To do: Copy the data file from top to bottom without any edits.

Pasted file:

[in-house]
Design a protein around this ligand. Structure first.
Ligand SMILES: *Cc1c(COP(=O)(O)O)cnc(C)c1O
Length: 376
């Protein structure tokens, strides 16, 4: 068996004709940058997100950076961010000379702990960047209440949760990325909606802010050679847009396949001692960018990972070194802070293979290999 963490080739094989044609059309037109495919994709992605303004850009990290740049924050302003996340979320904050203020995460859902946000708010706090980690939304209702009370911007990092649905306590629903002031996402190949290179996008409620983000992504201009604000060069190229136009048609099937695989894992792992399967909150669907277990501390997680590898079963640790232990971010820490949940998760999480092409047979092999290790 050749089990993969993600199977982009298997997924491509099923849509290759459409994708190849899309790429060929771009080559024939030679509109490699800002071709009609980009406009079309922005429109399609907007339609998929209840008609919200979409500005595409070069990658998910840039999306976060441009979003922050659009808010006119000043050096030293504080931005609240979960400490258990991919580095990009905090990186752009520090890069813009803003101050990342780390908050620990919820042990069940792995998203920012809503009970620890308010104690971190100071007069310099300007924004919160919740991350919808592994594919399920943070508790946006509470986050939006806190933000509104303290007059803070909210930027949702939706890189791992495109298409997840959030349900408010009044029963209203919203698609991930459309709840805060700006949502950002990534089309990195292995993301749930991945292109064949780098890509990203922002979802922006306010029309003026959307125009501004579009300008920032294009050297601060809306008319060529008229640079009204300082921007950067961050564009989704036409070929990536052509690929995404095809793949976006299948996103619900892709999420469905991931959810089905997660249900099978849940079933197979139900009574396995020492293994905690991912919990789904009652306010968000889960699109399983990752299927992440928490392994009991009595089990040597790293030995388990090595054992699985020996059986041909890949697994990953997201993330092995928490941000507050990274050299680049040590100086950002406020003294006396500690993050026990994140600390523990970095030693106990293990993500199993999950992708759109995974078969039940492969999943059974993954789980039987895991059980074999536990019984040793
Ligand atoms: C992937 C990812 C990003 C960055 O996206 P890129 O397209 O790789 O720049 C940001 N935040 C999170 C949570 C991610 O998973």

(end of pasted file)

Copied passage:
[in-house]
Design a protein around this ligand. Structure first.
Ligand SMILES: *Cc1c(COP(=O)(O)O)cnc(C)c1O
Length: 376
């Protein structure tokens, strides 16, 4: 068996004709940058997100950076961010000379702990960047209440949760990325909606802010050679847009396949001692960018990972070194802070293979290999 963490080739094989044609059309037109495919994709992605303004850009990290740049924050302003996340979320904050203020995460859902946000708010706090980690939304209702009370911007990092649905306590629903002031996402190949290179996008409620983000992504201009604000060069190229136009048609099937695989894992792992399967909150669907277990501390997680590898079963640790232990971010820490949940998760999480092409047979092999290790 050749089990993969993600199977982009298997997924491509099923849509290759459409994708190849899309790429060929771009080559024939030679509109490699800002071709009609980009406009079309922005429109399609907007339609998929209840008609919200979409500005595409070069990658998910840039999306976060441009979003922050659009808010006119000043050096030293504080931005609240979960400490258990991919580095990009905090990186752009520090890069813009803003101050990342780390908050620990919820042990069940792995998203920012809503009970620890308010104690971190100071007069310099300007924004919160919740991350919808592994594919399920943070508790946006509470986050939006806190933000509104303290007059803070909210930027949702939706890189791992495109298409997840959030349900408010009044029963209203919203698609991930459309709840805060700006949502950002990534089309990195292995993301749930991945292109064949780098890509990203922002979802922006306010029309003026959307125009501004579009300008920032294009050297601060809306008319060529008229640079009204300082921007950067961050564009989704036409070929990536052509690929995404095809793949976006299948996103619900892709999420469905991931959810089905997660249900099978849940079933197979139900009574396995020492293994905690991912919990789904009652306010968000889960699109399983990752299927992440928490392994009991009595089990040597790293030995388990090595054992699985020996059986041909890949697994990953997201993330092995928490941000507050990274050299680049040590100086950002406020003294006396500690993050026990994140600390523990970095030693106990293990993500199993999950992708759109995974078969039940492969999943059974993954789980039987895991059980074999536990019984040793
Ligand atoms: C992937 C990812 C990003 C960055 O996206 P890129 O397209 O790789 O720049 C940001 N935040 C999170 C949570 C991610 O998973």